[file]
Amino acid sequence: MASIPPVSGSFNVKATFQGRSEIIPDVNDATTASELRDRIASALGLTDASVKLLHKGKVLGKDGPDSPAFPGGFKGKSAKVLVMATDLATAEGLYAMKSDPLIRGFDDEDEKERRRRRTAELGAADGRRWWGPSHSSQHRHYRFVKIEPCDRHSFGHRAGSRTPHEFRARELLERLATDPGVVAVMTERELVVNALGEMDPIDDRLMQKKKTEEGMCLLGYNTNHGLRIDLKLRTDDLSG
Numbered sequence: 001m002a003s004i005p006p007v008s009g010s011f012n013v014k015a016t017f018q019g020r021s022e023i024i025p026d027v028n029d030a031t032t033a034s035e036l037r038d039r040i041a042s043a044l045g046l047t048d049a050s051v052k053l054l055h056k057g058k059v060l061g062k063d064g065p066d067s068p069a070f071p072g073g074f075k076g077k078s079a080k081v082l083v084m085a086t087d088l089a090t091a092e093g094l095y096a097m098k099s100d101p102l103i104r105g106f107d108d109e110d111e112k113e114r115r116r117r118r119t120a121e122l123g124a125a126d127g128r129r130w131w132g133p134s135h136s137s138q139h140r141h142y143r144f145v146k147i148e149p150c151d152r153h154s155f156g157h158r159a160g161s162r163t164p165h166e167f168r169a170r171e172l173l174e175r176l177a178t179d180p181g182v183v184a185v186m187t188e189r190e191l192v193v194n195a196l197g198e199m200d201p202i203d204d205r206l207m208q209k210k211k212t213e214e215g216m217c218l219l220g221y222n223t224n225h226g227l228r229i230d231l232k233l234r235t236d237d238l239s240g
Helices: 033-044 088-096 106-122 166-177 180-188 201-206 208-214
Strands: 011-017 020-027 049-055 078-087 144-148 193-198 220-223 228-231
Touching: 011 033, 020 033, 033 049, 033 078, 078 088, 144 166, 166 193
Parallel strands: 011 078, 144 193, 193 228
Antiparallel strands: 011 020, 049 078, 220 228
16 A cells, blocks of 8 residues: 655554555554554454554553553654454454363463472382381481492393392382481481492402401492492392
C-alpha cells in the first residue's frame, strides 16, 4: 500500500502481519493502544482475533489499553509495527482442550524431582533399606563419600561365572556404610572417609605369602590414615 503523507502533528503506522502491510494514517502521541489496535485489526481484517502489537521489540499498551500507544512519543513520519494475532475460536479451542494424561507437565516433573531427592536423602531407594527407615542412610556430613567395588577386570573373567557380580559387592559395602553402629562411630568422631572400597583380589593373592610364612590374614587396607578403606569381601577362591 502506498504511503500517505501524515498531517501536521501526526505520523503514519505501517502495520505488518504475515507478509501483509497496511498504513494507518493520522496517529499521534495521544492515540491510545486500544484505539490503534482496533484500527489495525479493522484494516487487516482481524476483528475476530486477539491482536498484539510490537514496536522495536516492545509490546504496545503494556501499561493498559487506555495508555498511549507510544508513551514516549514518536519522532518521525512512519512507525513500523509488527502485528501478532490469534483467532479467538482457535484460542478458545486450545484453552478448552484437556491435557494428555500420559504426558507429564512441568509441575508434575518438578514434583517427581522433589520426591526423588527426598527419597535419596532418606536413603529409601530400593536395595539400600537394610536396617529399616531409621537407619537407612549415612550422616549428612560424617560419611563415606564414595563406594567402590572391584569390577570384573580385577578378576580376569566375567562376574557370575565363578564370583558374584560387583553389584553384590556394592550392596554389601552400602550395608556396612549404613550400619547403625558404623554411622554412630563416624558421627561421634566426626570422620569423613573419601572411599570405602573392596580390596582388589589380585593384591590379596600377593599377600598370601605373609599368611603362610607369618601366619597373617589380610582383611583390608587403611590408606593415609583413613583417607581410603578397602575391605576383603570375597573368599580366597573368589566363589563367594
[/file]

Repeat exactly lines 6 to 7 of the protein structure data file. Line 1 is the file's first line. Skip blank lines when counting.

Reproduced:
Parallel strands: 011 078, 144 193, 193 228
Antiparallel strands: 011 020, 049 078, 220 228